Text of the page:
George Magulak isn’t feeling as well today as he did last August when he was featured in the latest “Wolverines for Life” video promoting organ donation. The Oakland County dentist was diagnosed twelve years ago with primary biliary cirrhosis, an autoimmune disease that has progressed to near-liver failure. Since there aren’t enough available livers for everyone needing a transplant, George is in the heartbreaking position of knowing he needs to be clearly in danger of dying in order to move to the top of the waiting list.
“It’s been a challenge lately. I’m noticeably weaker, less steady on my feet and things are getting worse,” he says. George was admitted to UMHS twice recently with hepatic encephalopathy, a side effect of liver failure that affects the brain and can cause disorientation, forgetfulness and, sometimes, loss of consciousness or coma. In George’s case, he didn’t know who he was or where he was.
Officially, he sees his care team every three months, but in reality George has extra appointments because of his worsening condition.
“Everyone is very open about what is happening to me, and very kind, from the clerks to the nurses to the doctors,” he says.
Patients’ place on the liver transplant waiting list is based on the Model for End-Stage Liver Disease (MELD) score, which reflects both liver and kidney function as kidney damage is common in end stage liver disease. The liver serves as the body’s central metabolic hub, so the consequences of liver failure are profound and have a domino effect on other organ systems, as George is experiencing.
Prior to MELD, as many as 40% of patients waiting for a liver transplant in the state of Michigan died while waiting. Today the risk is 10%. George’s score is 19, but he needs to be more ill, with a score of 25 or more to move to the top of the list.
“Here at the University of Michigan, the risk of dying while waiting is 9%,” says Christopher Sonnenday, M.D., M.H.S., Surgical Director of the Liver Transplant Program at the University of Michigan. He says this is in part due to how closely the transplant team works with patients to maintain their health as much as possible while waiting.
For example, a new prehabilitation program matches liver transplant patients with trained medical student coaches who encourage and monitor patients as they work to increase their physical activity and optimize their nutrition. Wearing a FitBit and keeping a journal, patients meet every several weeks with their coaches for personalized programs in the form of exercise, education and counseling. George is one of the pilot participants.
“I have two wonderful daughters and a wonderful wife, and until recently, I haven’t really dwelled on the negative. It hasn’t been that hard to be positive, but over the last few months it’s gotten harder,” says George.
George dreams of having a future, but at the same time prepares for the possibility that he might not have one. He loves downhill skiing and hiking the Grand Canyon. However, he knows that even with a transplant, he has lost so much muscle mass that he may never do those things again. Having a normal exercise plan and lifestyle would be fine, mixed in with a little travel.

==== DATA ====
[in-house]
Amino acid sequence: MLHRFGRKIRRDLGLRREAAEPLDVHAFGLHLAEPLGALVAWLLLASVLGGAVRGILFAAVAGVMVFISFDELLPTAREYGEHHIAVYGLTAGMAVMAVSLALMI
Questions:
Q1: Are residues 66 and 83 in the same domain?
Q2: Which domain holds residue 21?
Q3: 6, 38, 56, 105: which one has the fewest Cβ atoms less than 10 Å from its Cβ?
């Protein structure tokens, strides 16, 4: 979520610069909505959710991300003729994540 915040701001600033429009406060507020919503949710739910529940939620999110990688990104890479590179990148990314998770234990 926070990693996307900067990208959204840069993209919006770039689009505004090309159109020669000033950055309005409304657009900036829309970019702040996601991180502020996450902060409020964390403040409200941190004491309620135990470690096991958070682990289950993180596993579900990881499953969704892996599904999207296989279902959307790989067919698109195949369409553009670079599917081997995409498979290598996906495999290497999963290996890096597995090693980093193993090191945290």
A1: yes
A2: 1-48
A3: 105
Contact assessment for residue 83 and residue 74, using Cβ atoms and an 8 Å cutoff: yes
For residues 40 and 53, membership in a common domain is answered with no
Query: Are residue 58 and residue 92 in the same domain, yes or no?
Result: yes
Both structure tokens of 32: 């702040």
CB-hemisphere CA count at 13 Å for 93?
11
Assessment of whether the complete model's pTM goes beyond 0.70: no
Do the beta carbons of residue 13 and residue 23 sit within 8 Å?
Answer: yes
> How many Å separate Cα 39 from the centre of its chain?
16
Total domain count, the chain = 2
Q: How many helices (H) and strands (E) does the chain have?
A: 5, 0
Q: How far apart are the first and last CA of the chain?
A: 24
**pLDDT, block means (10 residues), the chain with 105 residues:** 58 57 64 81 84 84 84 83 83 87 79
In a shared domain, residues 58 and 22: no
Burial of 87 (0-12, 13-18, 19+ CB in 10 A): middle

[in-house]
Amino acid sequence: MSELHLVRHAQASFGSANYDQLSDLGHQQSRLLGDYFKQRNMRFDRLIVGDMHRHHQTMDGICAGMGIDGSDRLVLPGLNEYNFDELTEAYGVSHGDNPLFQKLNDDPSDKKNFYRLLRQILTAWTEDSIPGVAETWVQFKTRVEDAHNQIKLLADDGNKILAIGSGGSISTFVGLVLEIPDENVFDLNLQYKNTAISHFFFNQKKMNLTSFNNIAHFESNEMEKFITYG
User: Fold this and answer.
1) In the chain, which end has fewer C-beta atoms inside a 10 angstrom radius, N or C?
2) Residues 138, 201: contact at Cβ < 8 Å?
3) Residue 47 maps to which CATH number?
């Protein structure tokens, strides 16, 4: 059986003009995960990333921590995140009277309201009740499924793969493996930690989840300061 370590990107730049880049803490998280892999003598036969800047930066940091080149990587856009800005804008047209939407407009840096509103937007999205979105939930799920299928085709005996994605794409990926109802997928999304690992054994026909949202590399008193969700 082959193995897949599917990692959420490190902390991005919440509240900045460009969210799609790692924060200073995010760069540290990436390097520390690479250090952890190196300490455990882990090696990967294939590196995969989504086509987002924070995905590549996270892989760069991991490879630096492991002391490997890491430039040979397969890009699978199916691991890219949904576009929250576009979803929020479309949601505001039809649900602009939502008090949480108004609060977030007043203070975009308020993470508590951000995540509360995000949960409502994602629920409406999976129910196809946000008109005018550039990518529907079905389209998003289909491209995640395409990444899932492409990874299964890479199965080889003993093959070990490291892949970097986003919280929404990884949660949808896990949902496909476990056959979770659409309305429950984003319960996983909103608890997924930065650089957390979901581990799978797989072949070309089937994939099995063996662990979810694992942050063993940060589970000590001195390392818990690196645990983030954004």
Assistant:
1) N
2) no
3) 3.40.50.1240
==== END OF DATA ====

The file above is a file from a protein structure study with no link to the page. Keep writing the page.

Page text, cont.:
“I really want to be able to visit my daughters in their respective homes. Since I’ve been so sick, they are the ones who travel and visit me. It would be nice for them to stay put while I do the traveling,” he says. One daughter lives in Chicago and the other is about to start a summer job in Grand Rapids.
George knows that many patients and transplant programs also wait for the scarce number of available organs for transplant. Difficult life and death decisions are made while assessing whether candidates like George remain strong enough to recover after transplant. Meanwhile, his activities of daily living are getting harder and harder. He can’t do the things he used to do and the encephalopathy was “pretty scary.”
“The rigors of waiting are terrible, both physically and emotionally,” Sonnenday says. “Living with liver disease is a difficult process. Emotionally, it’s terrible, too – sitting for weeks and months, waiting for the phone call. It is very hard on patients, their caregivers and family members. We are committed to getting through this process with each of our patients safely and successfully.”
Take the next step:
- Find answers to questions about becoming an organ donor in Michigan or elsewhere
- Become a Wolverine for Life.
- Register as a potential bone marrow donor
- Learn about transplantation at the University of Michigan Transplant Center
- Learn more about the University of Michigan multidisciplinary Liver Transplant Clinic
For more than 160 years, the University of Michigan Health System has been a national leader in advanced patient care, innovative research to improve human health and comprehensive education of physicians and medical scientists. The three U-M hospitals have been recognized numerous times for excellence in patient care, including a #1 ranking in Michigan and national rankings in many specialty areas by U.S. News & World Report.